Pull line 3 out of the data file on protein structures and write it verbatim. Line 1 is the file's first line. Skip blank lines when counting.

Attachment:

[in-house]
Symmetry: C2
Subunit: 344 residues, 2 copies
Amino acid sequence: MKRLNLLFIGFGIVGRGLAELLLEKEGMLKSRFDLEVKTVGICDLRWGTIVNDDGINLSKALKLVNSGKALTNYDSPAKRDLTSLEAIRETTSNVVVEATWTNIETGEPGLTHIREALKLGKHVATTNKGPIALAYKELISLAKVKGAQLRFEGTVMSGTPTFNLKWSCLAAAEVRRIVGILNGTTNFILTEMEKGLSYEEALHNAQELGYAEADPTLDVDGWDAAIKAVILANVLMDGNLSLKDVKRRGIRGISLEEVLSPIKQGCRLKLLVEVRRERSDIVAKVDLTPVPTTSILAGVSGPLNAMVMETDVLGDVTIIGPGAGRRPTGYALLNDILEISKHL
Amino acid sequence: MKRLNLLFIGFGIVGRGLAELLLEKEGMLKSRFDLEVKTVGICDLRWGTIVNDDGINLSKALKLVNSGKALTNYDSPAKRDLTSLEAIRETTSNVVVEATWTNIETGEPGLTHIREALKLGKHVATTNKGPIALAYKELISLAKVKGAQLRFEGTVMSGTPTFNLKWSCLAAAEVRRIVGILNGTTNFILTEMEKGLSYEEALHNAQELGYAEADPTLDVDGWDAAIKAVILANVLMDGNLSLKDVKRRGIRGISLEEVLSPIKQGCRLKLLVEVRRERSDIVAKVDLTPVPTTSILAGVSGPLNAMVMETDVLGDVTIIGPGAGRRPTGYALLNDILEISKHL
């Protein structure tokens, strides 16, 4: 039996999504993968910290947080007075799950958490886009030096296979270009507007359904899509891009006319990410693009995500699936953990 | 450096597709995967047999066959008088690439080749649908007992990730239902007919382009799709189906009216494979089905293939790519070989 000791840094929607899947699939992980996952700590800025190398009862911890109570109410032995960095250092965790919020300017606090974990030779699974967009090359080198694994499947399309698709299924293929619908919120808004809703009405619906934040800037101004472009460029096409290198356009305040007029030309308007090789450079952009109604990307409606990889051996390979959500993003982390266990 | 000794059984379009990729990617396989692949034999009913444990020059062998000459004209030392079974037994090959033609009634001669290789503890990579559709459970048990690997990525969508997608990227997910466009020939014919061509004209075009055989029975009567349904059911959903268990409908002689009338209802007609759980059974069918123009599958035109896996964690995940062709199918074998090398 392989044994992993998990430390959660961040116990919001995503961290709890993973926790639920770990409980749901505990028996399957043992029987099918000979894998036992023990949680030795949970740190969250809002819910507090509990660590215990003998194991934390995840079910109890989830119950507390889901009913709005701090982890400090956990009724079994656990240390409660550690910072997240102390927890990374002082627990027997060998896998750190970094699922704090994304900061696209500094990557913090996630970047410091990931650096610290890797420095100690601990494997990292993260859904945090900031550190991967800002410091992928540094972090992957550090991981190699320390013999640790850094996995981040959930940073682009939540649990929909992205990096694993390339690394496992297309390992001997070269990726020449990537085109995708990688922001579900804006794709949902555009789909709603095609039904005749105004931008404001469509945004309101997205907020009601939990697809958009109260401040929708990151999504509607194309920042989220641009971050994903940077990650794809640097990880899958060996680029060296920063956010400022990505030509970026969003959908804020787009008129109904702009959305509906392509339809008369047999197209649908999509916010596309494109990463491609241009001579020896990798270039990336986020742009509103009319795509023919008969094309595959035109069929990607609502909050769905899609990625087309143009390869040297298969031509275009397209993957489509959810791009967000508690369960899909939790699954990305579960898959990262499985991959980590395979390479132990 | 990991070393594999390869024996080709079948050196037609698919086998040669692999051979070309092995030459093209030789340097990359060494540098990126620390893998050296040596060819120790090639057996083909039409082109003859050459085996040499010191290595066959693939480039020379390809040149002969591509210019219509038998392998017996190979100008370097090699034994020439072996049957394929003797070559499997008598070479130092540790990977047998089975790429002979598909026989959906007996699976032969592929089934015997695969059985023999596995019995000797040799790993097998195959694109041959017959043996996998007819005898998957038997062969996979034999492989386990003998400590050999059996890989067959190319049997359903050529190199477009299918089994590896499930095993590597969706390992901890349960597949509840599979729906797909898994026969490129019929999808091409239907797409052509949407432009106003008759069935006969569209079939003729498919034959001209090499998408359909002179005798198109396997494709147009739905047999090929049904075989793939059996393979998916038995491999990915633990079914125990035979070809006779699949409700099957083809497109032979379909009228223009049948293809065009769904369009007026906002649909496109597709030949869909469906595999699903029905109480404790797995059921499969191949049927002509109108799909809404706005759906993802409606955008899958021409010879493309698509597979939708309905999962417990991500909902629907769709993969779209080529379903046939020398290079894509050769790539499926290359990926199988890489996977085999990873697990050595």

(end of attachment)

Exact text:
Subunit: 344 residues, 2 copies